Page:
But youngsters apparently find the Bighorns fun to climb

By Steve Hubrecht


The new Radium roundabout came up for discussion several times during the most recent Radium council meeting.

During the RCMP’s quarterly update at the Wednesday, Nov. 10 council meeting, Radium mayor Clara Reinhardt asked RCMP Sergeant Darren Kakuno about concerns she’s heard from residents that the roundabout (and confusion about how to use it properly) has resulted in more traffic accidents.

Kakuno had just finished outlining to council members that the closure of the TransCanada Highway at the Kicking Horse Canyon and subsequent detour of TransCanada traffic down Highway 93 to Radium and thence up to Golden on Highway 95 this fall has resulted in an increase in collisions in the Columbia Valley, just as a similar closure did this past spring. Reinhardt mentioned she’d “anecdotally heard of carnage in the roundabout” and asked Kakuno if he had any statistics on that specifically.

Kakuno replied that only one of the 33 collisions in the Columbia Valley this fall has been in the Radium roundabout.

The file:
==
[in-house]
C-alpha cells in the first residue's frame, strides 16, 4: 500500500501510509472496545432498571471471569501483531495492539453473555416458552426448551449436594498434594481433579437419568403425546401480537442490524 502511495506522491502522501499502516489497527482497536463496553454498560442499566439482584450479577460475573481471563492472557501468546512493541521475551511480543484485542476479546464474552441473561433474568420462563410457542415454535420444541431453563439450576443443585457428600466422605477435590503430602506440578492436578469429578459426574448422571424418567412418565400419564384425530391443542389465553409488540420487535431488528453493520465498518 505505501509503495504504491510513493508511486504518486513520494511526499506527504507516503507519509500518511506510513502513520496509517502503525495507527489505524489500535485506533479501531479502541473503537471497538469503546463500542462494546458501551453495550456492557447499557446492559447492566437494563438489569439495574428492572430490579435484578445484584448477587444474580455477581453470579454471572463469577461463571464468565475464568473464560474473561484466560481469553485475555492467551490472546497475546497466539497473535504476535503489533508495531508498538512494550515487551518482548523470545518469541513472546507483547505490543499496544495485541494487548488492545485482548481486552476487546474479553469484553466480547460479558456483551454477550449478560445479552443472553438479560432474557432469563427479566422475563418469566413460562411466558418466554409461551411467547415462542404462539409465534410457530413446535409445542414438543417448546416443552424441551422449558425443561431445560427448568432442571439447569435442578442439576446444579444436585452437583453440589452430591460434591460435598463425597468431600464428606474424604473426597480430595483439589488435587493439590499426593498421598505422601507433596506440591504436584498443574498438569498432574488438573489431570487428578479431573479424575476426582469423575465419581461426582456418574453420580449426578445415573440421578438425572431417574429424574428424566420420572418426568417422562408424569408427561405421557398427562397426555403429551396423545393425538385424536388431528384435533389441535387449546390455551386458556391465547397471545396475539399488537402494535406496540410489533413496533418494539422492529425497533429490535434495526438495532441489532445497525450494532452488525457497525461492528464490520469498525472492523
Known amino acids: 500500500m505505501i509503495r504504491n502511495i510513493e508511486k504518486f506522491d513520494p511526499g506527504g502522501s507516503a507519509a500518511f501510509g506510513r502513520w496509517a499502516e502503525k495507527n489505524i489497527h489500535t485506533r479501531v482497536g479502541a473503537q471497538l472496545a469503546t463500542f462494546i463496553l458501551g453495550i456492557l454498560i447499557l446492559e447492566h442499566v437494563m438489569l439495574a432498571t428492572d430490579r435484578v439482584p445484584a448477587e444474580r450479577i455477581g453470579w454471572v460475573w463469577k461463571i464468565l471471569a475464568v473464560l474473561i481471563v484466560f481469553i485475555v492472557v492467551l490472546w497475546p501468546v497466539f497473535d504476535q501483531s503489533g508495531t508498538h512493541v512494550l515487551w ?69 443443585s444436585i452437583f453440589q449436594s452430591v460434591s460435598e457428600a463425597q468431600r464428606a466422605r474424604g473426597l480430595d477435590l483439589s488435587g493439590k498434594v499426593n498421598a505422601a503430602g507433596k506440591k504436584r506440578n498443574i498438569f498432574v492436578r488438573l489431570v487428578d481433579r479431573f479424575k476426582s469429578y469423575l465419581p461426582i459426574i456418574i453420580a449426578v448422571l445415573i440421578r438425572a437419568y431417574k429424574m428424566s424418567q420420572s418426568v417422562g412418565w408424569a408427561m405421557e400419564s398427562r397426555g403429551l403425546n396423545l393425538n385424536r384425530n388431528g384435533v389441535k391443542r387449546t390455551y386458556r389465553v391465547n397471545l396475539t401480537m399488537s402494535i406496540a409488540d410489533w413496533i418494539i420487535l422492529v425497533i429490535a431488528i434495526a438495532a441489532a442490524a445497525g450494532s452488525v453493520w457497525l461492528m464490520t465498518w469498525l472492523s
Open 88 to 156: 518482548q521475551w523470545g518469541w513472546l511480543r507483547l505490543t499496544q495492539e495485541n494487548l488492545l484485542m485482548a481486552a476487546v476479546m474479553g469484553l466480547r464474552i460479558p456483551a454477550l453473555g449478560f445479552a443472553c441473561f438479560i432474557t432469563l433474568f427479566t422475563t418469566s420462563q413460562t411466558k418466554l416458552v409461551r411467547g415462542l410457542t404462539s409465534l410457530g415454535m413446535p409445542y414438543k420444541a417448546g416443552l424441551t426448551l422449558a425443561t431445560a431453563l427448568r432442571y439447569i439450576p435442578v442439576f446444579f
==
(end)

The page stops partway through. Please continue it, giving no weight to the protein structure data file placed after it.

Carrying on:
“So not as bad as everybody says, is what I’m gathered from that,” concluded Reinhardt.

Later on in the meeting, Radium bylaw officer Kent Kebe explained to council members that, recently, a couple of kids had ventured into the middle of the roundabout and had managed to clamber to the top of the Bighorns, the 20-foot (six-metre) tall, 20,000-pound (nine metric ton) public art sculpture in the roundabout’s centre.

Council members asked for more details, and Kebe replied that unfortunately he hadn’t been able to immediately follow up, and so had no more information to relay.

At the tale end of the meeting, talk returned to the Bighorns again, with councillor Dale Shudra explaining how he recently finished a 1,400-kilometre cross-Canada driving trip, during which he’d managed to take in several of Canada’s location-famous public art pieces, such the Big Fiddle in Sydney, Nova Scotia, the World’s Largest Lobster in Shediac, New Brunswick, the Wawa Goose in Wawa, Ontario, and the Big Nickel in Sudbury, Ontario. Shudra said these were all impressive, but that none matched the Bighorns.

“It’s (the Bighorns) arts, it’s nature…It (the Bighorns) really struck me as I returned home,” said Shudra. “It’s something we should be proud of.”